It was this lack of immediate police intervention coupled with the media coverage that prolonged the riot. With the majority of the aggressions being carried out by whites, the police turned a blind eye and refused to arrest the perpetrators (White, 1919). On top of that, the media paid undue attention to injuries sustained by white police officers and white firemen further flaming the common misperceptions of the time and exacerbating an already tumultuous situation (White, 1919). Many days later, and not until the National Guard was deployed to the area, was order restored and the violence ended (New York Times, 1919). Ultimately, though admittedly the aggressors in most of the violence, not a single white man was indicted as a result of their actions during this riot.

Like the Chicago Race Riot of 1919, the 1992 Los Angeles Riots were spurred by a single incident yet really caused by prejudice and discrimination. In 1991, Rodney King was beaten by three white and one Hispanic police officers. This unwarranted use of force against an African-American man was videotaped and splashed across the media. Anyone who watched television, watched TV, or listened to the radio was aware of the beating. These officers were later tried for the offense and acquitted of any wrongdoing. After viewing the beating and hearing of the acquittal it was incontestable that a social injustice had occurred and African-Americans (as well as many others) were incensed. Wide spread violence erupted in South Central Los Angeles as a result of the verdict in LA within hours of the verdict. South Central Los Angeles is comprised mostly of African-Americans and Hispanics, but also is represented by an Asian community including a large faction of Korean-Americans. The violence contagion affected all of these groups as well as whites.

There was widespread media coverage of the violence including beating by groups of young African-Americans against white people, looting, arson, and Korean shopkeepers arming themselves and standing guard outside of their property. The Koreans claimed they had to arm themselves as the police failed to protect them and their property (just as the African-Americans had claimed seventy years earlier in Chicago). Noteworthy, is the fact that roughly fifty percent of those arrested in the upheaval were Hispanic, and one third of those killed were Hispanic (Kwong, 1992, p.89). Racial tensions ran high with Ethnic Groups banding together against one another claiming the need to protect what was theirs.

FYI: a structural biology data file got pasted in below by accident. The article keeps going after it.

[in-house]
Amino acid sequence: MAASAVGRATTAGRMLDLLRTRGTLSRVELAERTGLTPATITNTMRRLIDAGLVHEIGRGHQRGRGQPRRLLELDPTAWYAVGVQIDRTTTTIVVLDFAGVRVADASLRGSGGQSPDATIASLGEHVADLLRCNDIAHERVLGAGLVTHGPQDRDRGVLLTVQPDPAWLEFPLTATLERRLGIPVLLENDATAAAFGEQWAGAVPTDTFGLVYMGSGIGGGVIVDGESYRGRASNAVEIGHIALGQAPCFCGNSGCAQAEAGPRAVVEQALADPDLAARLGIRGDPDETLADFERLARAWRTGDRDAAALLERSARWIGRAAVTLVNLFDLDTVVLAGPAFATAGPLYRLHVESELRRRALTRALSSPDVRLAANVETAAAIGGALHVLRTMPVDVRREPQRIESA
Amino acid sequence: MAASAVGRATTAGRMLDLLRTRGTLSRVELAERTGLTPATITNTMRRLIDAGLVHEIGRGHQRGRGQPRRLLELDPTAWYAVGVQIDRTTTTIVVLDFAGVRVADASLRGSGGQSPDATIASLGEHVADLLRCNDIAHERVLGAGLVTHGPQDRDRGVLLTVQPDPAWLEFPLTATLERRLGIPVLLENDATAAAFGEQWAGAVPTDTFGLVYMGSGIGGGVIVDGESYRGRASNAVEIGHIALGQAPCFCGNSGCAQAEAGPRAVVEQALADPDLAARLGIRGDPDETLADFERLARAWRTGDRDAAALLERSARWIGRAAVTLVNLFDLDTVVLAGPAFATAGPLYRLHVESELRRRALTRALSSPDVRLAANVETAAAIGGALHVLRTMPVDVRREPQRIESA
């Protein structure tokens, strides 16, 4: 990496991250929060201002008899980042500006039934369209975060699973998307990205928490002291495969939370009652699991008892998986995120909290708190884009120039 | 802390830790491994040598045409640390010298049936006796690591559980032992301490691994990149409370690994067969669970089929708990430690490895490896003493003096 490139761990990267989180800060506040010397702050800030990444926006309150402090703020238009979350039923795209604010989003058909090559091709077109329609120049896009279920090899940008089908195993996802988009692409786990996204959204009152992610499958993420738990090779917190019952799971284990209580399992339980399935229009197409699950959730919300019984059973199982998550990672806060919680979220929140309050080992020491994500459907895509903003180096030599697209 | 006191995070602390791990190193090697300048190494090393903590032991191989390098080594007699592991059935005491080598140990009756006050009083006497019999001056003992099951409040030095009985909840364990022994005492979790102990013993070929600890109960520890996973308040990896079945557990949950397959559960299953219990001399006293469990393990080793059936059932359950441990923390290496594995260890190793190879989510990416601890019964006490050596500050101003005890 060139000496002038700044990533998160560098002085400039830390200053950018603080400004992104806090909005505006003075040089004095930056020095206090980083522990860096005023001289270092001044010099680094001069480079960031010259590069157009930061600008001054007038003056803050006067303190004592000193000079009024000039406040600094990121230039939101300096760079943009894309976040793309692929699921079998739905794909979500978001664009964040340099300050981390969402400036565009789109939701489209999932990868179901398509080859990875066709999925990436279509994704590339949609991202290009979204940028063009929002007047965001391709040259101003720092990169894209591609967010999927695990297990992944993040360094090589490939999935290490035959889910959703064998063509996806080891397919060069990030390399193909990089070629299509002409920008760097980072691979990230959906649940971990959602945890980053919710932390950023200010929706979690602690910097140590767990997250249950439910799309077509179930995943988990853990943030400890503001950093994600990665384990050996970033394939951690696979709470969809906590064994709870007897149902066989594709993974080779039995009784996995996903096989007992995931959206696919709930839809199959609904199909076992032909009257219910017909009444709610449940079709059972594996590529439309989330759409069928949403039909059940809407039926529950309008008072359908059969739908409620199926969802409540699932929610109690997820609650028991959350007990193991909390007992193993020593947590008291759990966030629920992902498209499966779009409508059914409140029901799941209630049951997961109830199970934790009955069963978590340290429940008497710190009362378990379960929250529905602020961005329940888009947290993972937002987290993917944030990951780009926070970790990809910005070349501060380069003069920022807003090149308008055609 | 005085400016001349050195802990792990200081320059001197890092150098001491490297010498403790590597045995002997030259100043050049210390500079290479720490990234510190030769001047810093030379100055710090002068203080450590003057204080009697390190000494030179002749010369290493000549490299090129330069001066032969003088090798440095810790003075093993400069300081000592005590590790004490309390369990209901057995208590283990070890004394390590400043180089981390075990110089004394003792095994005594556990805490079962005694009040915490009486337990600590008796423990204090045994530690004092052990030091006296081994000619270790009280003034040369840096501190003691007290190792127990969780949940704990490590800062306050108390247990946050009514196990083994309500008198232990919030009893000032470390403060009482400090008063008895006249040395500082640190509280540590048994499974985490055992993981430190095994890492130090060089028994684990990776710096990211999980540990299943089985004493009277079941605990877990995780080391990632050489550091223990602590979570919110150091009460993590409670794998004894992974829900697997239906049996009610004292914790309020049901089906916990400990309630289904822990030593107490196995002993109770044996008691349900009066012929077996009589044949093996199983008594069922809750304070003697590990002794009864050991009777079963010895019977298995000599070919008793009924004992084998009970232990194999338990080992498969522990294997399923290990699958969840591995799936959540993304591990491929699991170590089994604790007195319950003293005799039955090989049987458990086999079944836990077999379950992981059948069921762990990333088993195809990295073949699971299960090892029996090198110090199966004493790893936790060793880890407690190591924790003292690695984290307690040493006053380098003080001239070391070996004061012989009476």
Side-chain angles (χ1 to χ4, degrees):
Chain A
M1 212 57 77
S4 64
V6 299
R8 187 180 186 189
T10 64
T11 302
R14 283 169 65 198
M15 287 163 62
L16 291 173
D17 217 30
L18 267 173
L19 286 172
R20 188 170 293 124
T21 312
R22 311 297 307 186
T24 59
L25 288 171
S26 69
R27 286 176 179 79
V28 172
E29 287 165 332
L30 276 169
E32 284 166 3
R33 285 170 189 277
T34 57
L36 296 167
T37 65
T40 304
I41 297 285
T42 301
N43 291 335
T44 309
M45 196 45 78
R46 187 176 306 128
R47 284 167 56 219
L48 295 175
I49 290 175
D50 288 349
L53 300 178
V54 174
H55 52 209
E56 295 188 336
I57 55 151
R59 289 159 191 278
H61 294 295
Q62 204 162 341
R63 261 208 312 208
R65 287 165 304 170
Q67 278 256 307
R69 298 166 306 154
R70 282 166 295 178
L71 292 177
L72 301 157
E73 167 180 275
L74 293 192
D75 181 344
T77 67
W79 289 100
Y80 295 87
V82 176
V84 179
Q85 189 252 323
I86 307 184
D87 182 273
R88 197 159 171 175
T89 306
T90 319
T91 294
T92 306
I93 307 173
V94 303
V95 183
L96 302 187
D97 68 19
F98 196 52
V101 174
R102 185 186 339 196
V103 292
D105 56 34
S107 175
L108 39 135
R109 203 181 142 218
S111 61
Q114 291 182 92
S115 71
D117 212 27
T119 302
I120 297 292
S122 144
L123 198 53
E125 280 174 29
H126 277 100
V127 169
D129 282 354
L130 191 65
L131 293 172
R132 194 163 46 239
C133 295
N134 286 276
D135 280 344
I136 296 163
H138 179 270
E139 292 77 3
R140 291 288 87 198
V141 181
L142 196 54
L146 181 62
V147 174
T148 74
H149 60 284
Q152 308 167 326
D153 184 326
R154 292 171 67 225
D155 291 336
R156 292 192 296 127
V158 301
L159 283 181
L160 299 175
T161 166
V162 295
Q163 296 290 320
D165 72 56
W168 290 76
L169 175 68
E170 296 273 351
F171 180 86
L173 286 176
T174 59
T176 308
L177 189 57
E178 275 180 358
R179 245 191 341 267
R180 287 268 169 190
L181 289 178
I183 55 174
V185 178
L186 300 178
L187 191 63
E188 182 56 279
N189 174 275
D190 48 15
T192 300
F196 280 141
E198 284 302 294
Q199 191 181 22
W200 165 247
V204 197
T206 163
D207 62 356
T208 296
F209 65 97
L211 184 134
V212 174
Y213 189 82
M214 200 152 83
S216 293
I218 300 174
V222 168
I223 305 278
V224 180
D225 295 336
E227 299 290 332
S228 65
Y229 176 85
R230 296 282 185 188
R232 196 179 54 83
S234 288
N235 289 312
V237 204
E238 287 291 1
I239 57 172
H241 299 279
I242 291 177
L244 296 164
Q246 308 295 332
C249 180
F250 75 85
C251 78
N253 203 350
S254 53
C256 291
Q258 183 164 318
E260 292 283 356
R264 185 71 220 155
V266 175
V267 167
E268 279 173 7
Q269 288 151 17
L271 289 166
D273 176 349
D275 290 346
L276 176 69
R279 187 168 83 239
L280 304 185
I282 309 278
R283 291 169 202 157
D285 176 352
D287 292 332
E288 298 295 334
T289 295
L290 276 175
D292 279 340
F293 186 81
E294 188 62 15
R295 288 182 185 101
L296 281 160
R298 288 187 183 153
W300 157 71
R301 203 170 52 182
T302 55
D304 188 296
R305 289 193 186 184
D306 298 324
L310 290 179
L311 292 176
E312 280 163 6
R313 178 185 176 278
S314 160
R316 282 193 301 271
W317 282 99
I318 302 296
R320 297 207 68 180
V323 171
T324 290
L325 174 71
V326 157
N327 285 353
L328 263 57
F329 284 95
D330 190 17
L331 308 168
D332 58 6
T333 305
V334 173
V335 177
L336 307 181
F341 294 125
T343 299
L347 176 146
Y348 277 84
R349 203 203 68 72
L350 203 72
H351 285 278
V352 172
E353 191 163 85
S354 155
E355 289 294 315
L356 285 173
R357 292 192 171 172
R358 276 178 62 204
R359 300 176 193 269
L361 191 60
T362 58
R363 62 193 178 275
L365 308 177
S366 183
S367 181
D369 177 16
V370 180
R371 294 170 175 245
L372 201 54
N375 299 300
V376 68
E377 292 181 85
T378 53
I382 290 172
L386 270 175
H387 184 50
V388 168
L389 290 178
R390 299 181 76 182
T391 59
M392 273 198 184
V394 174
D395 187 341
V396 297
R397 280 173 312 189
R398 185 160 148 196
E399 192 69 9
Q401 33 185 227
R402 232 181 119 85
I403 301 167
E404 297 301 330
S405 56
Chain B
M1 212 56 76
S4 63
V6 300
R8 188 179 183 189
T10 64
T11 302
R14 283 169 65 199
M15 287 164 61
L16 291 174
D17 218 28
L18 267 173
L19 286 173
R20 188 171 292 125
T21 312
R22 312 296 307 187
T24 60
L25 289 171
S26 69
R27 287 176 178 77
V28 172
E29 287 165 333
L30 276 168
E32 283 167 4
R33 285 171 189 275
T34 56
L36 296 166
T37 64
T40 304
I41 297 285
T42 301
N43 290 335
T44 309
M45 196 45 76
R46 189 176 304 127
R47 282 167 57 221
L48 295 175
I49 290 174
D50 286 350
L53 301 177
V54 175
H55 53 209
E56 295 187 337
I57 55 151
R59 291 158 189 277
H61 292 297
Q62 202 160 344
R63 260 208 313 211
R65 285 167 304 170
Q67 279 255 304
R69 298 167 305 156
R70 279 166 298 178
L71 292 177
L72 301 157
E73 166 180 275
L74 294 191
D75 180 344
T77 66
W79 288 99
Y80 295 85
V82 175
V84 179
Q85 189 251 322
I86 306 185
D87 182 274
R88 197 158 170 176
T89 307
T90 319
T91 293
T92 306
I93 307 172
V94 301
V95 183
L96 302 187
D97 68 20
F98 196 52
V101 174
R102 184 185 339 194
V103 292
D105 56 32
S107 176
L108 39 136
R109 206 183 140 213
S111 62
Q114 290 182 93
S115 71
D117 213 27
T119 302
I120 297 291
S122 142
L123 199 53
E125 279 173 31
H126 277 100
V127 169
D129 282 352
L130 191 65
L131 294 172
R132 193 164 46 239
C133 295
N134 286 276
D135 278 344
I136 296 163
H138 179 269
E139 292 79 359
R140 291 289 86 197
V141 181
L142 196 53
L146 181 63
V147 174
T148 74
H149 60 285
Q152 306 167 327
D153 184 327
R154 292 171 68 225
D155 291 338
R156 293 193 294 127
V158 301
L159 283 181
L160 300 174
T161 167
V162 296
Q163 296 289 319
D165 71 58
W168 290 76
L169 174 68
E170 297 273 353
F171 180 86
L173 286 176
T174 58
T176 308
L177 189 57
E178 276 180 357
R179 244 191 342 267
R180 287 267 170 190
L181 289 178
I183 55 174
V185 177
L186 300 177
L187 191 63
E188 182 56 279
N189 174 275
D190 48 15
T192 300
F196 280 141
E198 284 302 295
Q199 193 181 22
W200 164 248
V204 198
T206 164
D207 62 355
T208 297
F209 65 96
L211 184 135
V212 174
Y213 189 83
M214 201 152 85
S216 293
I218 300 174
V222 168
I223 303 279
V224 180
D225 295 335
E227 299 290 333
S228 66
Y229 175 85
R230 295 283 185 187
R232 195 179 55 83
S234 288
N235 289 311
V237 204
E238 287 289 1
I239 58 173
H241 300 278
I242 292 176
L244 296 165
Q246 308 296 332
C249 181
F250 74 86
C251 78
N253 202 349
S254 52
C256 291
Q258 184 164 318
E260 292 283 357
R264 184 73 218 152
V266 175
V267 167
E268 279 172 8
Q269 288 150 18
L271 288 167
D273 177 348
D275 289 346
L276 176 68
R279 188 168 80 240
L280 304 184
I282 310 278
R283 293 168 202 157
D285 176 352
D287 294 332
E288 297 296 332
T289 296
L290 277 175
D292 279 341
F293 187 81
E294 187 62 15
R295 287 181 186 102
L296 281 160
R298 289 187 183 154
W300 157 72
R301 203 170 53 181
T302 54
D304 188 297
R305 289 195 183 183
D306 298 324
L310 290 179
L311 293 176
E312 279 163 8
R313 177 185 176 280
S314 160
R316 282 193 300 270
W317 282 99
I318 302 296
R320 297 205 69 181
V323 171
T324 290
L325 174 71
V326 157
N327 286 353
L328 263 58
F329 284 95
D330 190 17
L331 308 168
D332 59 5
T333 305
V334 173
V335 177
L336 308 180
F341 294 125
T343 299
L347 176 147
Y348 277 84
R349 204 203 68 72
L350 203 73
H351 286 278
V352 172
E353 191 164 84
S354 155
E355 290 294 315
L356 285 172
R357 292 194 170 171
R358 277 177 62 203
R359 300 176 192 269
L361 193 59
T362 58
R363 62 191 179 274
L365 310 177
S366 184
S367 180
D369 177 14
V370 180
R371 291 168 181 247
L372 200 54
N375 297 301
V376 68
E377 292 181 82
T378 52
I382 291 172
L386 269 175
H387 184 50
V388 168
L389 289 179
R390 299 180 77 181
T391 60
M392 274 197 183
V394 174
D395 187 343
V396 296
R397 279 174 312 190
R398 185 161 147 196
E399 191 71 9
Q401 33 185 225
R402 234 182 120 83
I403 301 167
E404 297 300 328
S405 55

While the riot raged for several days, the authorities (like in Chicago) took action to stem the violence and unrest. The airport was shut down, the trains were shut down, mass transit was shut down, and even some freeways were closed. Police were deployed (some say to no avail) and finally, the National Guard was called in to stop the rioting. Rodney King himself, in an attempt to stop the turbulence, was shown on television stating, "People, I just want to say, you know, can we all get along" (Keyes, 2006, p.22). Like in the Chicago instance, the President came forward to denounce the violence as well. However, after the Los Angeles riots of 1992, the President of the United States came forward and promised justice for Rodney King and it came in the way of guilty verdicts for some of the original police initially charged with his beating (Bush, 1992). Though again, there did not seem to be any meaningful social programs to eliminate these racial tensions in the future.

Unfortunately, the nation as a whole, though clearly understanding there had been an injustice done to Rodney King, did not understand the problem as a whole. In fact the prevailing sentiment (misconception), is that a large portion of Americans believe that "Blacks are as well off as whites in terms of their jobs, incomes, schooling and health care" (Morin, 2001). It is this commonly held misperception which further enhances the already existing problems of prejudice and discrimination. Many whites believe that plans to eliminate discrimination are wrongly provided to a group (African-Americans) who no longer need them thereby offering them a competitive advantage over whites.

With that in mind, it is plain to see that we, as a people, are a long way from eliminating racial prejudice and discrimination and therefore eliminating the possibility of racial violence in the future. Frankly, the only… [END OF PREVIEW]